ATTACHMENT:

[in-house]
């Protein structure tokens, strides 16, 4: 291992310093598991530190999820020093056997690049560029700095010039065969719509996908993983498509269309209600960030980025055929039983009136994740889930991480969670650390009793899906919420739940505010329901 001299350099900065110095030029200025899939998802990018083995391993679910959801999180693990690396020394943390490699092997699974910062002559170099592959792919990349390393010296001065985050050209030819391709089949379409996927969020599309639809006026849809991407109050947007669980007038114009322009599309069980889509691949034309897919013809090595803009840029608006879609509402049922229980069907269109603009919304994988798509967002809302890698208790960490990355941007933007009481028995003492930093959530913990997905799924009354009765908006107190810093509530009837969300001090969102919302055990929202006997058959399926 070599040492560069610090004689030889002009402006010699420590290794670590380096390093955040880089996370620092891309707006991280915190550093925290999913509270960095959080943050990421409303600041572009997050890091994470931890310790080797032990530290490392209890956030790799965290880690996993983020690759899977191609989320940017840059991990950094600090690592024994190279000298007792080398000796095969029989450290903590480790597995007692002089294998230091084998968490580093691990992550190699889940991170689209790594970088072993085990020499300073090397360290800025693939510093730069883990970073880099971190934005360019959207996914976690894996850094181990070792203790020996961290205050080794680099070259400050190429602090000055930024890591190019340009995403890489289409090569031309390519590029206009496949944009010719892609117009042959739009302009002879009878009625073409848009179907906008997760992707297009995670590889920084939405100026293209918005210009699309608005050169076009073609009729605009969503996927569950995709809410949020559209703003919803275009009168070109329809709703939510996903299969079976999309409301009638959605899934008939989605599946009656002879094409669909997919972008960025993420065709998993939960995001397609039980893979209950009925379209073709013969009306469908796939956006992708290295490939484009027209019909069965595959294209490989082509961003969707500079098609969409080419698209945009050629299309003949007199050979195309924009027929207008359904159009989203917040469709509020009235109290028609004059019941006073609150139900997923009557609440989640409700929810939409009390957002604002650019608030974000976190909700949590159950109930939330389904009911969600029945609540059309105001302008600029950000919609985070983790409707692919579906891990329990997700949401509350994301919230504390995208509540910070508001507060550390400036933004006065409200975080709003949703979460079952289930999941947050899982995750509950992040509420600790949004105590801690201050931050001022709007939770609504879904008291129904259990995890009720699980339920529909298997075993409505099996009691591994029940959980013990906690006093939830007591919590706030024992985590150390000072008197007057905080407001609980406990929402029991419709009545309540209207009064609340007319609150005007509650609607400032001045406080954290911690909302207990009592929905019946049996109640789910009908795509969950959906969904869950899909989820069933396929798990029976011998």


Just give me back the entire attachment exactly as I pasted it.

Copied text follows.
[in-house]
């Protein structure tokens, strides 16, 4: 291992310093598991530190999820020093056997690049560029700095010039065969719509996908993983498509269309209600960030980025055929039983009136994740889930991480969670650390009793899906919420739940505010329901 001299350099900065110095030029200025899939998802990018083995391993679910959801999180693990690396020394943390490699092997699974910062002559170099592959792919990349390393010296001065985050050209030819391709089949379409996927969020599309639809006026849809991407109050947007669980007038114009322009599309069980889509691949034309897919013809090595803009840029608006879609509402049922229980069907269109603009919304994988798509967002809302890698208790960490990355941007933007009481028995003492930093959530913990997905799924009354009765908006107190810093509530009837969300001090969102919302055990929202006997058959399926 070599040492560069610090004689030889002009402006010699420590290794670590380096390093955040880089996370620092891309707006991280915190550093925290999913509270960095959080943050990421409303600041572009997050890091994470931890310790080797032990530290490392209890956030790799965290880690996993983020690759899977191609989320940017840059991990950094600090690592024994190279000298007792080398000796095969029989450290903590480790597995007692002089294998230091084998968490580093691990992550190699889940991170689209790594970088072993085990020499300073090397360290800025693939510093730069883990970073880099971190934005360019959207996914976690894996850094181990070792203790020996961290205050080794680099070259400050190429602090000055930024890591190019340009995403890489289409090569031309390519590029206009496949944009010719892609117009042959739009302009002879009878009625073409848009179907906008997760992707297009995670590889920084939405100026293209918005210009699309608005050169076009073609009729605009969503996927569950995709809410949020559209703003919803275009009168070109329809709703939510996903299969079976999309409301009638959605899934008939989605599946009656002879094409669909997919972008960025993420065709998993939960995001397609039980893979209950009925379209073709013969009306469908796939956006992708290295490939484009027209019909069965595959294209490989082509961003969707500079098609969409080419698209945009050629299309003949007199050979195309924009027929207008359904159009989203917040469709509020009235109290028609004059019941006073609150139900997923009557609440989640409700929810939409009390957002604002650019608030974000976190909700949590159950109930939330389904009911969600029945609540059309105001302008600029950000919609985070983790409707692919579906891990329990997700949401509350994301919230504390995208509540910070508001507060550390400036933004006065409200975080709003949703979460079952289930999941947050899982995750509950992040509420600790949004105590801690201050931050001022709007939770609504879904008291129904259990995890009720699980339920529909298997075993409505099996009691591994029940959980013990906690006093939830007591919590706030024992985590150390000072008197007057905080407001609980406990929402029991419709009545309540209207009064609340007319609150005007509650609607400032001045406080954290911690909302207990009592929905019946049996109640789910009908795509969950959906969904869950899909989820069933396929798990029976011998």